Thanks to all of you who have already read it and for being such loyal readers of this site. Partly due to that article, and partly for other reasons, it’s been a while since I posted anything on this blog. But I’m committing myself to publishing a post at least once a week from now on. And I firmly intend to keep that commitment until I no longer keep that commitment.

Just kidding…hopefully.

The Vastness of Simone Weil – Part 2: Philosopher and Mystic

SimoneWeil2.pngIn my last post, I discussed two of the four roles Simone Weil played in her life. I should note that she didn’t act out these roles one after the other. True, she had already been teaching for many years when she started working at factories, but she continued to teach whenever she could. In fact, one of the most amazing things about Weil’s life – besides the fact that she crammed in more activity in a little over thirty years than most of us do in our entire lives – is that she never moved on from doing one thing to another. She simply did more and more and more and more.

But there is certainly an evolution in her thinking, which I would divide into her philosophical and mystic years.

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The Vastness of Simone Weil – Part 1: Teacher and Activist

SimoneWeil1.jpgI’m wary of calling Simone Weil a role model, since I don’t think anyone should have role models. I think idolizing anyone is dangerous, if only because it makes it all that much more difficult to become an individual. The other problem is that however much we may want to emulate a person, there are always aspects of that same person we’ll disagree with.

This is how I see Weil – someone with qualities I both deeply respect and with whom I adamantly disagree. However, as Francine de Plessix Gray makes clear in her biography, Simone Weil, this was a passionate woman who was uncompromising in her values yet continually open to intellectual evolution. All of these qualities are evident in the four distinct roles she played in life and, for that alone, I want to argue that she deserves our admiration, if nothing else.

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What Dreams May (Never ) Come: Eugene O’Neill’s The Iceman Cometh

IcemanComethI can only think of three texts I’ve ever read more than once, and one of them is Eugene O’Neill’s play The Iceman Cometh.

This play centers around a dozen or so people who hang around a bar all day, obsessing over their pipe dreams. They are all sure that their lives are going to change as soon they actually take action…tomorrow. But of course, tomorrow never comes (one character later literally says, “Don’t you see, there is no tomorrow!” long before Apollo Creed shouted those words at Rocky Balboa in Rocky III). In fact, one of the characters is nicknamed Johnny Tomorrow, although the nickname could apply to any of them. But their pleasant delusions are shattered when an old friend named Hickey, who previously was just like them, returns a changed man. He actually has changed his life, but not by fulfilling his pipe dream. No, he’s abandoned all hope in his pipe dream and sees that it has only ever held him back. And he’s eager to bring the same peace he feels now to all his friends.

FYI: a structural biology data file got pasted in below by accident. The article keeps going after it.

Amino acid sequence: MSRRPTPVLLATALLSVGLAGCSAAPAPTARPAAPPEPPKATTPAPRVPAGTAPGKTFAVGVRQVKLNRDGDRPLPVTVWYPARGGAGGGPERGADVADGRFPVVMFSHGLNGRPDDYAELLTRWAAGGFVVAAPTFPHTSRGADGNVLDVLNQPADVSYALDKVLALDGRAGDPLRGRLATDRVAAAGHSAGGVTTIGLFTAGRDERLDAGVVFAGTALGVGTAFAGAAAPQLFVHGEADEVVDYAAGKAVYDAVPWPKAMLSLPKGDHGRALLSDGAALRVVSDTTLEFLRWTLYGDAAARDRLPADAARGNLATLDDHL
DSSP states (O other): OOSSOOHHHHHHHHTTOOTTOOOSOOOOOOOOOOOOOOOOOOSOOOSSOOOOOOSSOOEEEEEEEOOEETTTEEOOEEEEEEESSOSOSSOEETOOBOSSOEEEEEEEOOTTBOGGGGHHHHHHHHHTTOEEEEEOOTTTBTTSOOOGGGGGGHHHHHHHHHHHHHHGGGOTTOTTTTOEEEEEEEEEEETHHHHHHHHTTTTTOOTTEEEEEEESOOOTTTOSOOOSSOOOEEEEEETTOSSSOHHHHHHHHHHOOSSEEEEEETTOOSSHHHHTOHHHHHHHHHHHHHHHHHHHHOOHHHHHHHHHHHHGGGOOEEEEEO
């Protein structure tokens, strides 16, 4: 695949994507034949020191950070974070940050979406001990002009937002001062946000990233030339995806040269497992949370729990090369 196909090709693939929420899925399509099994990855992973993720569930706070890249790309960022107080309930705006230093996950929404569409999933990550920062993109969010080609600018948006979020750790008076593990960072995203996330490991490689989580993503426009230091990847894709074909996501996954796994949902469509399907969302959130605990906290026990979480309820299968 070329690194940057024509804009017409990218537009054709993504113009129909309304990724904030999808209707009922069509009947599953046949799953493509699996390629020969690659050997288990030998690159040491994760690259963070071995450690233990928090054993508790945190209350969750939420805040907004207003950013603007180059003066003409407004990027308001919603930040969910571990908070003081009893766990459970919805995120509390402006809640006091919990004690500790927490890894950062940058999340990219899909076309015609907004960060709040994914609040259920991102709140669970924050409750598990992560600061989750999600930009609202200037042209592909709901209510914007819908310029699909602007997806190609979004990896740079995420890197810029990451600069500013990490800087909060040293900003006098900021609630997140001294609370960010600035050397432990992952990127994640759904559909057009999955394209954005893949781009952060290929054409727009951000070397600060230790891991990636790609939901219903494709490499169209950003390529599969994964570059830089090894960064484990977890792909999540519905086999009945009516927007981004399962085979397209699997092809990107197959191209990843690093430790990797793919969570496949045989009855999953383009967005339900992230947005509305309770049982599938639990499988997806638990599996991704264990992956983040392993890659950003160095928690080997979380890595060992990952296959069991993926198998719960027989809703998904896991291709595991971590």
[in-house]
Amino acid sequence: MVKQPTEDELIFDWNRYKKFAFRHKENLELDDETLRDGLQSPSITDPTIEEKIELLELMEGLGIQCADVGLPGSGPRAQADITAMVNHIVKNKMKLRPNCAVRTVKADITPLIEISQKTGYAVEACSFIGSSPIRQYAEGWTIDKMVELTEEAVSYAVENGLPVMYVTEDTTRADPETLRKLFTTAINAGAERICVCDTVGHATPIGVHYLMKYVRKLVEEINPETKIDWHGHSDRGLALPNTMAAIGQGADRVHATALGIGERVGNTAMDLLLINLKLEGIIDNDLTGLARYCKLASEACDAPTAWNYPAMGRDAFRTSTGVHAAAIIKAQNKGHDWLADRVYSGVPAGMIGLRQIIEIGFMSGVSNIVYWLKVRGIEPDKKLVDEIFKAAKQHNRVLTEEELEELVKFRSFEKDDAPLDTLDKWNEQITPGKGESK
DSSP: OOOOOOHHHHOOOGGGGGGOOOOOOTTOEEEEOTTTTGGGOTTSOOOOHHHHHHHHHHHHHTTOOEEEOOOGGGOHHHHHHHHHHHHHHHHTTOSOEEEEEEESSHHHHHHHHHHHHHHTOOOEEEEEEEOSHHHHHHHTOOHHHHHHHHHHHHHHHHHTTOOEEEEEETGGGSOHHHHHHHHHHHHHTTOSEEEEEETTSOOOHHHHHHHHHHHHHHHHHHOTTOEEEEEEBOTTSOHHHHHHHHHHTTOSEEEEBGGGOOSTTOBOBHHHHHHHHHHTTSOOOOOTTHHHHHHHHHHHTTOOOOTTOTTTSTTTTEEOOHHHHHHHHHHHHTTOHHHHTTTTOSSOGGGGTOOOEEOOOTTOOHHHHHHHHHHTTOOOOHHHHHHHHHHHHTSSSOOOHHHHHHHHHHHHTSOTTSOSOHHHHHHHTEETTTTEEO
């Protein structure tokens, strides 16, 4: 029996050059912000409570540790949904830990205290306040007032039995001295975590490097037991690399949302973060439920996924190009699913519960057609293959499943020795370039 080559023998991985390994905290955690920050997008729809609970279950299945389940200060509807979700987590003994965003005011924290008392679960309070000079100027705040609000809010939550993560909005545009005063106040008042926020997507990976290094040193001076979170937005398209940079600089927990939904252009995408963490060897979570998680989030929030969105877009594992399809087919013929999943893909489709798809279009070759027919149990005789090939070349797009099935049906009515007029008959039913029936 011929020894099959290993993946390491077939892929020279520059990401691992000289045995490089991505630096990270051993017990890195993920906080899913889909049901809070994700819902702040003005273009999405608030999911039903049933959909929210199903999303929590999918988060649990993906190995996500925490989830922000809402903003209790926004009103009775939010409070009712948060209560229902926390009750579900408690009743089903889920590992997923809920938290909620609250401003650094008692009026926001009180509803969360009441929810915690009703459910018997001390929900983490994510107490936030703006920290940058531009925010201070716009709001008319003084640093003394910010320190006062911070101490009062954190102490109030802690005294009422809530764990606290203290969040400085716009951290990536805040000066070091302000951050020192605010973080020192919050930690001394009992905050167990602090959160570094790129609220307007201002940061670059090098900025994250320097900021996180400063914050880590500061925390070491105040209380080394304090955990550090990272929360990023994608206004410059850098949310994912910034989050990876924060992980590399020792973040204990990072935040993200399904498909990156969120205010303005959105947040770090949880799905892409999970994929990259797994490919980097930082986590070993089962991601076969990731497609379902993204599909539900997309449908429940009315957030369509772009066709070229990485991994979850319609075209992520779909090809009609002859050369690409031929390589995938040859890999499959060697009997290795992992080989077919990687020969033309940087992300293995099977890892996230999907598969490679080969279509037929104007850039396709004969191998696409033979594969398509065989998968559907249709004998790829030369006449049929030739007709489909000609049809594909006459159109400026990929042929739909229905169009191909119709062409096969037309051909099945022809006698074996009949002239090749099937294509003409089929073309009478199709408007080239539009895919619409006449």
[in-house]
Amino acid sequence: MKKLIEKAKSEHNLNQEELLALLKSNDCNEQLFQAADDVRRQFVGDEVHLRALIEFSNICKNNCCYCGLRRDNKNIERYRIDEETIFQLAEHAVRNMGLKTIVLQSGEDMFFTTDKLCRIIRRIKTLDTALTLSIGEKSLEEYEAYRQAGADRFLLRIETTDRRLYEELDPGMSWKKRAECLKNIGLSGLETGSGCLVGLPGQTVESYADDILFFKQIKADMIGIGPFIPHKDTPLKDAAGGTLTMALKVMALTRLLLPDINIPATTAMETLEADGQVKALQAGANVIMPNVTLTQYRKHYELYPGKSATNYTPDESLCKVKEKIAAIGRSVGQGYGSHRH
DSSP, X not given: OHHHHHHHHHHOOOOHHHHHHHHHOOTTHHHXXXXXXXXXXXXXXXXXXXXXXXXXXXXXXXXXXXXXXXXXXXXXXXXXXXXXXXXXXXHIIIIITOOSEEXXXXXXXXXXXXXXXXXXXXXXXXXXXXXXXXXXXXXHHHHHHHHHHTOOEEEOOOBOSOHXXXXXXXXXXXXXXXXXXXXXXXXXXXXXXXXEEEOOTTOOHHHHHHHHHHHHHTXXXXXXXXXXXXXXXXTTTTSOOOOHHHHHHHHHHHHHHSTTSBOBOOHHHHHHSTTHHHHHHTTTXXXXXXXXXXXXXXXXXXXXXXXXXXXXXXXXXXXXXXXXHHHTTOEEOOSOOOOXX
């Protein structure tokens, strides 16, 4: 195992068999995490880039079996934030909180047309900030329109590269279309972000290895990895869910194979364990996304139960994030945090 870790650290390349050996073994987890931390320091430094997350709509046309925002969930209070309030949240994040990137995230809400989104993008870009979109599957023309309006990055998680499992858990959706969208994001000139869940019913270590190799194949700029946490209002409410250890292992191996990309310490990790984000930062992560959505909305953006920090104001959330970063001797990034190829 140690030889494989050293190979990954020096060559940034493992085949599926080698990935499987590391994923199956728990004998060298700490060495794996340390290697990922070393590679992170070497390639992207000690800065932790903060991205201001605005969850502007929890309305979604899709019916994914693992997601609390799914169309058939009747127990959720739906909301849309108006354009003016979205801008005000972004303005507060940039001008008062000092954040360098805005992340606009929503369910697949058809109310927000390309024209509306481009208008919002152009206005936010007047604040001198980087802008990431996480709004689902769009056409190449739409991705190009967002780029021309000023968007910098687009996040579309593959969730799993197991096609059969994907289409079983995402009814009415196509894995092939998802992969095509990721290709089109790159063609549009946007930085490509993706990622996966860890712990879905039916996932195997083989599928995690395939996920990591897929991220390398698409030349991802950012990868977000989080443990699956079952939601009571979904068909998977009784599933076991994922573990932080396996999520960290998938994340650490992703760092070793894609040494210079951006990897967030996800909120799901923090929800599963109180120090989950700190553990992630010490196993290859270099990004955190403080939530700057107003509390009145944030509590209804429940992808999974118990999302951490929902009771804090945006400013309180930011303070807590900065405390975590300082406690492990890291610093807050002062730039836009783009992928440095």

But O’Neill understands that you can dream away life for so long that you forget how to live. More than that, you might find dreaming life is much more fulfilling than living it, especially when dreaming is all you have.

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Rejoice! Matt’s Super Secret Elite Reading Course and More

ListRejoice.jpgGreat News! I’ve compiled an obnoxiously long list of recommended books divided into fiction and nonfiction just for YOU…and anyone else who reads this post!

For fiction, I included novels, plays, short stories, poetry, epics, graphic novels, and more. I decided not to divide all of them by category, though, since there are times when it’s hard to categorize a text and frankly, I don’t want to deal with that. Instead, I’ve divided all of these types of fiction by country – my hope is that if you’ve ever thought to yourself, “I’ve always wanted to read something from X,” now you have a place to start. And by the way, the texts are divided by country based on where the author was born – NOT where they moved to later on.

The nonfiction list is still to come, but it’ll be divided into categories, including: history, philosophy, politics, psychology, physics, logic, literary essays, biographies, and maybe more.

But the thing you’re really going to want to check out is the soon-to-be-released Matt’s Super Secret Elite Reading Course.